The Bank of England has raised its central interest rates by 0.25% to bring it to 4.5%. This rate hike announced on Thursday, is the twelfth consecutive hike in as many meetings, and has brought interest rates in the United Kingdom to a 15-year high. The announcement led to a rally in the pound’s value, rising against both the dollar and the euro (against which it reached a five-month peak) before stabilising.
Nor is the interest rate expected to stay at this level, with Andrew Bailey, the Governor of the Bank of England, promising to stay on course to check inflation – the highest of any major economy. Investors have already started preparing for further rate hikes and have priced in an expected peak of 5% by this autumn.
The UK has been struggling with record inflation.
Even though the Bank of England was the first central bank of any major economy to predict the inflation surge and start raising interest rates, it has still been criticised by many for doing too little, too late to curb inflation in the UK, which reached a 40 year high of 11.1% in October. The global inflation surge has hit the UK especially hard due to the effect of a messy Brexit on supply chains.
One major factor for the high inflation in the UK is the British dependence on imported fuel in the form of natural gas for its energy needs, which has left it high and dry in the wake of the global energy shortage after Russia invaded Ukraine. Furthermore, higher food prices, partially from the effects of Brexit, have also contributed to the increase in consumer prices.
“We have to stay the course to make sure inflation falls all the way back to the 2% target,” Bailey said at the start of a press conference before stressing that the BoE was not sending any signals about its next moves, which would depend on data. “If there were to be evidence of more persistent pressures, then further tightening in monetary policy would be required.”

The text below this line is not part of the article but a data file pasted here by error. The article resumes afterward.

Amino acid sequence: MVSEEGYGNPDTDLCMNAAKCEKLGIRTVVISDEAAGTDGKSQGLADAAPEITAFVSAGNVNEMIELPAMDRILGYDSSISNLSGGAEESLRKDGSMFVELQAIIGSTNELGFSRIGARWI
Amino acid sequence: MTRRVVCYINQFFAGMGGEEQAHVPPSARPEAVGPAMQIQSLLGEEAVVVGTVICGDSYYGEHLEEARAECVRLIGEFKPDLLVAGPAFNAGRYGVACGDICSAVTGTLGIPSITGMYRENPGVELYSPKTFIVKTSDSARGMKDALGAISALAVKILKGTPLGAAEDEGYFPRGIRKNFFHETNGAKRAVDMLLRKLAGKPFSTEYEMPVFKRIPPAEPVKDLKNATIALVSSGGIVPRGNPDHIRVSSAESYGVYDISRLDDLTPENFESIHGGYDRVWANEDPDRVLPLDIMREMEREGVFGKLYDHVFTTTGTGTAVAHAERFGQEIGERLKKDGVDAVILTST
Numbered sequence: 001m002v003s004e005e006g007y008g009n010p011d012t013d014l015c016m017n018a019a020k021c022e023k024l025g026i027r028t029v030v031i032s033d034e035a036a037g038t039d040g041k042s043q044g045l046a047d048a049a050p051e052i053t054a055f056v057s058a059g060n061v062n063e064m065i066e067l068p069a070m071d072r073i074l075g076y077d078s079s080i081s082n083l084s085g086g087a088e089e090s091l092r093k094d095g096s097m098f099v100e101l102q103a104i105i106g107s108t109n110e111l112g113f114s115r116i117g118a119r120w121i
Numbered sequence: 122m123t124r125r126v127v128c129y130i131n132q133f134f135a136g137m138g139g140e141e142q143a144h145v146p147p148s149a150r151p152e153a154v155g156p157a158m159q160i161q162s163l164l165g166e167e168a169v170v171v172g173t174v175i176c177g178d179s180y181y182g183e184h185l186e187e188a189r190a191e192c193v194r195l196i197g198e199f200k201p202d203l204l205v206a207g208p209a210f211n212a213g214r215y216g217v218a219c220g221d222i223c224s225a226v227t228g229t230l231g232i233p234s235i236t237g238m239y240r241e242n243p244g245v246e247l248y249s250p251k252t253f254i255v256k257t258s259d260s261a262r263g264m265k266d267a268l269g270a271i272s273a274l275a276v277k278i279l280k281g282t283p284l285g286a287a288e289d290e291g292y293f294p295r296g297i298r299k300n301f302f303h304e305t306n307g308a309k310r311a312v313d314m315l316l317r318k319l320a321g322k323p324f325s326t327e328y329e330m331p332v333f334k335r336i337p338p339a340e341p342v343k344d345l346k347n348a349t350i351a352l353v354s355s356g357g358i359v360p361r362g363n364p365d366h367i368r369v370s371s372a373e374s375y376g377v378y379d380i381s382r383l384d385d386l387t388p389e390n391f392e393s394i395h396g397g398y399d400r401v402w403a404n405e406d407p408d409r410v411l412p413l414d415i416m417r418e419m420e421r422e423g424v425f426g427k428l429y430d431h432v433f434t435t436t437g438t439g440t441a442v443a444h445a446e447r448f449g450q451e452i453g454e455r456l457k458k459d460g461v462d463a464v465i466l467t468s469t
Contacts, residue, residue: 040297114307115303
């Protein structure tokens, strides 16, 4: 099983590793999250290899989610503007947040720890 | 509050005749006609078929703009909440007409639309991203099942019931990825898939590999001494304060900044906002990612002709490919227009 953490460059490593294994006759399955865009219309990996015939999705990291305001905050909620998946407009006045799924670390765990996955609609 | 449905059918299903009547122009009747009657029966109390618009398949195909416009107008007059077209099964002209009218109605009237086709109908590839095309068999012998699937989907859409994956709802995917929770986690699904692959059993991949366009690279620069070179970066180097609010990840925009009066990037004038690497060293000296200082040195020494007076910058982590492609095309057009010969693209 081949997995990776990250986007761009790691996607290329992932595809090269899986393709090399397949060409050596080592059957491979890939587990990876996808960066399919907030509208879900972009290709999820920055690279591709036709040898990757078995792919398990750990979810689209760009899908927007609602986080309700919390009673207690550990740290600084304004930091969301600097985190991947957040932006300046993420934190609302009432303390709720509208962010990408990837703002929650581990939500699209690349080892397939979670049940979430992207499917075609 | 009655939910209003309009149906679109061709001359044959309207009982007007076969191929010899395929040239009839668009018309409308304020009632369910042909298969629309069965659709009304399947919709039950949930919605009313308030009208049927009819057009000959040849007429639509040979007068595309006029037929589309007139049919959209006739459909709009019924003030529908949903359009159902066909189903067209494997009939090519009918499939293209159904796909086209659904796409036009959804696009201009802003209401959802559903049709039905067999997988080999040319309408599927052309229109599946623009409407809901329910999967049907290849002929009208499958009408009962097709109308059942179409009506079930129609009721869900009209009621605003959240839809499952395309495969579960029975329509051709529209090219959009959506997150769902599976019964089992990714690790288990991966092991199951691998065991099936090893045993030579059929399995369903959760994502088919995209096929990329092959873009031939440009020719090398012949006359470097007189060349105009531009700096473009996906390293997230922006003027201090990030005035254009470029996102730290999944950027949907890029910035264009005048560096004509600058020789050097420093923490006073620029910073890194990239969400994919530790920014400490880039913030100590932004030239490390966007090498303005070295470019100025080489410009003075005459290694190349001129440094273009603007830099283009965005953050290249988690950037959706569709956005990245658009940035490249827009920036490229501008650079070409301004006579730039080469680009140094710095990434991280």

What does the future hold for the British economy?
While the Bank of England is no longer forecasting a recession after an increase in projected growth (to 0.25% growth from an expected 0.5% contraction), it does expect inflation to fall more slowly as well. The bank aims for a target of 2% inflation, as compared to the 10%-above in March.
It is also expected that the interest rate hikes will increase costs for household borrowers. “Although it is good news that the Bank of England is no longer forecasting a recession, today’s interest rate rise will obviously be very disappointing for families with mortgages,” said British finance minister Jeremy Hunt.
The Bank of England is not alone in its policy of monetary tightening, with both the US Federal Reserve and the European Central Bank raising interest rates as well last week by 25 basis points. However, both central banks have hinted at a pause in future rate hikes as banks struggle with the sharp rise in borrowing costs, while the Bank of England seems set on further increases instead.